Wednesday, August 27, 2014




Stephen Gallacher knows his 2014 Ryder Cup destiny is in his own hands at the 71st Open d'Italia this week.
The Scot, picture by courtesy of Getty Images(c), needs to win or finish runner-up alongside no more than one other player at the Circolo Golf Torino-La Mandria to leapfrog Graeme McDowell and secure the final automatic spot on the European team for the event taking place in his homeland at Gleneagles, Perthshire next month.
Bernard Gallacher's 39-year-old nephew from Bathgate is in high spirits after finishing in a share for seventh at the Czech Masters, where Welshman Jamie Donaldson confirmed his place in Paul McGinley’s team with victory.
While Gallacher is the only man who can affect the nine automatic qualifying places available to the European Team, Italy’s Francesco Molinari – playing at the course he grew up on this week - and Dutchman Joost Luiten are among the main contenders looking to secure victory in Italy to try and force their way into McGinley’s mind for one of the three Captain’s Picks available to the Irishman which he will announce next Tuesday.
McGinley is playing the tournament this week after a two-month injury lay-off.
Key player quotes

Stephen Gallacher: “There are a lot of things on my mind this week. The most difficult thing for me this week is trying to focus just on the golf. If I play well and finish in the top two then I am a Ryder Cup player and that is something that I have dreamed about my whole life.
“It’s quite funny that everyone’s asking if am nervous about the week ahead but the best place for me to be at the moment is on the golf course. That is where I can think about my next shot and my processes and block the other stuff out. It is when you come off the course that you just cannot escape it.
“Everyone wants to ask about The Ryder Cup, or talk to you about it or just wish you all the best which is all great but, as I said, it makes it very difficult to get it out of your mind which is what a part of you wants to do. But the whole thing is really exciting for me – that is the main feeling I have.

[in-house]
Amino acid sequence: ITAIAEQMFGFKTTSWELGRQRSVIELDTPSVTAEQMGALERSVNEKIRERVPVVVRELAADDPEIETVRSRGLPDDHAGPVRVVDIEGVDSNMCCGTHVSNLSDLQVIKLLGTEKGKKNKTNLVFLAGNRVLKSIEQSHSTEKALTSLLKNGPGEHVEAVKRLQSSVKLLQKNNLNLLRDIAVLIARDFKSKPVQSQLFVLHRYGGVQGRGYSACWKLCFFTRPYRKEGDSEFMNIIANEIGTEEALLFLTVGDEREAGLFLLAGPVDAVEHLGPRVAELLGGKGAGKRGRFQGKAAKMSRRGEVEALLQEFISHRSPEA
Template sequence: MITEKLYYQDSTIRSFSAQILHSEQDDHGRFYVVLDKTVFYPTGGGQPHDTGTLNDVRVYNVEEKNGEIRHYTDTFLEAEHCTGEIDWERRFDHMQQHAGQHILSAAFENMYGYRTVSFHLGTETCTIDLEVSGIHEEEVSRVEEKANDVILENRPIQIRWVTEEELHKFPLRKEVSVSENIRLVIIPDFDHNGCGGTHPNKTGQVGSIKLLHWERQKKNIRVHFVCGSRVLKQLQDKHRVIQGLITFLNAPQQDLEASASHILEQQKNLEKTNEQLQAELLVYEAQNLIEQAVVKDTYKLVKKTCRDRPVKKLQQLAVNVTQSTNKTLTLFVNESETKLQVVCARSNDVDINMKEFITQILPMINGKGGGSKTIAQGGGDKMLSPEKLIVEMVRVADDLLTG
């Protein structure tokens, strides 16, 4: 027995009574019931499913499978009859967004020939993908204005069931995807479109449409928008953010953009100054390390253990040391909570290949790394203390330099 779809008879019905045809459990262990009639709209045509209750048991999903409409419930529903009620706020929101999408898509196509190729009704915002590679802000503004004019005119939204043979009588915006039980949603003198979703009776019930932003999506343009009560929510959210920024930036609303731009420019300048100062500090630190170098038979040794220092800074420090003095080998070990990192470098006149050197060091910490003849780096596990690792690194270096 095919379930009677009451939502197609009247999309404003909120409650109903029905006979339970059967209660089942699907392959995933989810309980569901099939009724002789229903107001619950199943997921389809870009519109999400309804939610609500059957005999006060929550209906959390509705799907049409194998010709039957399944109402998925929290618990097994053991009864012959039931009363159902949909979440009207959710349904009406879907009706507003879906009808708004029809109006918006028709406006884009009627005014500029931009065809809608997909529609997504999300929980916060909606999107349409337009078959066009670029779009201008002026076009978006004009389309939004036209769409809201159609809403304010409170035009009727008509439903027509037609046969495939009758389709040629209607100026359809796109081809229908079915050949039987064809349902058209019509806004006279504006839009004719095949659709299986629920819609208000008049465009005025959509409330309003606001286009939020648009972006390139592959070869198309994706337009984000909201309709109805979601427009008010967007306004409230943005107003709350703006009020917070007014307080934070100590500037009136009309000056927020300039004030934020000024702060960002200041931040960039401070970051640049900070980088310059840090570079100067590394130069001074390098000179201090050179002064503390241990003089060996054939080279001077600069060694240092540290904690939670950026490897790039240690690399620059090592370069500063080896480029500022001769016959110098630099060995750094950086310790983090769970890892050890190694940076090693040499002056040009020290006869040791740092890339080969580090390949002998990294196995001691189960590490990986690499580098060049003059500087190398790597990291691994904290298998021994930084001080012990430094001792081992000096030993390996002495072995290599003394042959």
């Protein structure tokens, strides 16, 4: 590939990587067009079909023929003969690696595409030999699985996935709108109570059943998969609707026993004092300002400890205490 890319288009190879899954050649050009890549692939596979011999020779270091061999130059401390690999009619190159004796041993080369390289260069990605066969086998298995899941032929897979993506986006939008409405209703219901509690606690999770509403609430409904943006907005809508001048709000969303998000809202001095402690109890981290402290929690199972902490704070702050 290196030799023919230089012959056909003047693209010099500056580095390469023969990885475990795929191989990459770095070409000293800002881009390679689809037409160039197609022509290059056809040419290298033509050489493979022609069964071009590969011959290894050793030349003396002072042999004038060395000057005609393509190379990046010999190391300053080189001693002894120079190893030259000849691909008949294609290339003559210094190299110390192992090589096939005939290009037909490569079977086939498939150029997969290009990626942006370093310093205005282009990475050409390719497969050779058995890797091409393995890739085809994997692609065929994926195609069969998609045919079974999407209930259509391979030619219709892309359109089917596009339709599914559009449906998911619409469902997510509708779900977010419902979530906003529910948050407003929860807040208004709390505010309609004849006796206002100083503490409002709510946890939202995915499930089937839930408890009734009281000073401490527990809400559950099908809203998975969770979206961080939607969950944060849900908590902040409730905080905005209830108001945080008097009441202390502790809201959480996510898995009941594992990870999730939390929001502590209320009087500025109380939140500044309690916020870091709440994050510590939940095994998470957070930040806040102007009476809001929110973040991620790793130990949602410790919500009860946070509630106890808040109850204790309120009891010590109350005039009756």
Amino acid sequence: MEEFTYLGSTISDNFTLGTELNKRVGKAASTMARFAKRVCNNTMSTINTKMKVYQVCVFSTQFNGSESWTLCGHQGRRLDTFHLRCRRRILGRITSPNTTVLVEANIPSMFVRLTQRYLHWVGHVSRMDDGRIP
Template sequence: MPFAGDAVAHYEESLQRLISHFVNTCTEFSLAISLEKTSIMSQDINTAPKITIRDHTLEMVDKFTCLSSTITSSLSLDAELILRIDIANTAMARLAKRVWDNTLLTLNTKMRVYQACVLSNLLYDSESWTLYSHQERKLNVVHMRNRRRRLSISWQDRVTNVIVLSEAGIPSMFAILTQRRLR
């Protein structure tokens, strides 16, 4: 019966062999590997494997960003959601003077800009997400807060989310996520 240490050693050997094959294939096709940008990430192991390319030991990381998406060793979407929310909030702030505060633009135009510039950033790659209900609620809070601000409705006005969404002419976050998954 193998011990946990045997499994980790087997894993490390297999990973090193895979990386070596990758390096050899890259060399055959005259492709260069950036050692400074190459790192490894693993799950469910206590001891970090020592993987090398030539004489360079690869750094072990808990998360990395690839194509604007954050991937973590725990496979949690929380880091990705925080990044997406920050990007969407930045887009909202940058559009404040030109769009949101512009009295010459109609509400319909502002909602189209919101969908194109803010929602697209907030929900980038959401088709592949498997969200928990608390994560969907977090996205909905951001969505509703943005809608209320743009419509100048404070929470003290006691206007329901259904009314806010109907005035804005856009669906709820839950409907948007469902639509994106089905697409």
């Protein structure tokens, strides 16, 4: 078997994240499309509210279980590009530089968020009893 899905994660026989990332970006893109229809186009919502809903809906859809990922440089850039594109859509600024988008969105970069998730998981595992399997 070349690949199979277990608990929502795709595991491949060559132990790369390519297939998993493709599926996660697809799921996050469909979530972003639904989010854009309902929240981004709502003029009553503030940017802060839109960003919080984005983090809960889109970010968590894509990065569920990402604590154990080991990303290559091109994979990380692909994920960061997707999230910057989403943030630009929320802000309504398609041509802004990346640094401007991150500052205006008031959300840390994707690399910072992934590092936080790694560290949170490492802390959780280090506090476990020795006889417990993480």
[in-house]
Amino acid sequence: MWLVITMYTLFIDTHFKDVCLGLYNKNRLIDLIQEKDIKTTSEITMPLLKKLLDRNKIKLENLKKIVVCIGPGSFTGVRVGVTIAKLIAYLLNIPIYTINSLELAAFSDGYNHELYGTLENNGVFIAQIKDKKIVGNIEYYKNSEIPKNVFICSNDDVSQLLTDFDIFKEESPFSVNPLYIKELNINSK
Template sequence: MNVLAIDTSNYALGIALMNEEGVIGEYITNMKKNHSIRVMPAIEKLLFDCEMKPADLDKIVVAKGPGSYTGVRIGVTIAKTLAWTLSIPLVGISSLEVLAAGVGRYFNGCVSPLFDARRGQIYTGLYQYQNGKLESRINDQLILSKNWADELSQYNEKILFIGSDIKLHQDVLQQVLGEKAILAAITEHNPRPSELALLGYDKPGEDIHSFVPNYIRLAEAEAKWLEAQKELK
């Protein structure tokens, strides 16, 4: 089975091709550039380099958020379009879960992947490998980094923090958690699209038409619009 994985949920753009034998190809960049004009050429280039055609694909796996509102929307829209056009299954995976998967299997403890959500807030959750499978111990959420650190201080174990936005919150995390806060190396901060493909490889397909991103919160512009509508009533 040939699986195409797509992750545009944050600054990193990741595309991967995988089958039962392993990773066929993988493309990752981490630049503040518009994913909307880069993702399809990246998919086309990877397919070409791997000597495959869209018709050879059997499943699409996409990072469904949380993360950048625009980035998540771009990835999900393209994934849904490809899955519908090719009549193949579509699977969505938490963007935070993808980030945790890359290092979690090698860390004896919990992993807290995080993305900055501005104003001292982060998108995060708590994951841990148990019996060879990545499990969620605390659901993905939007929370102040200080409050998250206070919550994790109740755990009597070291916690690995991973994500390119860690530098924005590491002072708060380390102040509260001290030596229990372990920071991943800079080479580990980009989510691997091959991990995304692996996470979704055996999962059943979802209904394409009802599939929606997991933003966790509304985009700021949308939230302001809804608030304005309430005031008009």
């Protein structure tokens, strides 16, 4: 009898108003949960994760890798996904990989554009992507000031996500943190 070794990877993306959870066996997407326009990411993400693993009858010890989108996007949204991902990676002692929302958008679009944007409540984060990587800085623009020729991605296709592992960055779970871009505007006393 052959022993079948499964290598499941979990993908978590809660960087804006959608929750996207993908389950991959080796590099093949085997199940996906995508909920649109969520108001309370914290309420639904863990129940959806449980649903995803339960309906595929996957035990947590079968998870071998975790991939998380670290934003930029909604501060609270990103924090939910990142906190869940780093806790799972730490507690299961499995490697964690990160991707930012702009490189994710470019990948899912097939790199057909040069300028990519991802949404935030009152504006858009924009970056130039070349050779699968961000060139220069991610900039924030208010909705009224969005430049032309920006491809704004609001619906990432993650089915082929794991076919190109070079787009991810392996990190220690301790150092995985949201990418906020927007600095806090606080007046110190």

"To be a Scotsman who lives 35 miles from Gleneagles trying to get into the team brings a lot of hope and expectation and pressure, but most of all it is an exciting week for me.”

Paul McGinley: “It’s a big event and a big week for so many people. It’s an exciting week. I have been in this situation before, going into the last calendar event in 2004, where I was, I think, just outside the team. I think I may have been 11th place with Frederik Jacobson just ahead of me. 

"We had a race to the finish line right until the last day. We were drawn together on the last day and I think I finished in the top five of the tournament and edged just ahead of Freddie. I then went on to play what I considered to be my best Ryder Cup in 2004.
“I can understand the pressure the guys are under. I can relate to it. There is no doubt that the performance I had in Munich in 2004 that pushed myself over the line was a huge psychological boost for me.

"It was one of the reasons why I believed I played so well. There is an opportunity for the guys that are here this week to do something similar.
“To play well in the last counting event, with the spotlight on you, will be huge for them. If not making the team, then it’s certainly useful in terms of making an impression.”




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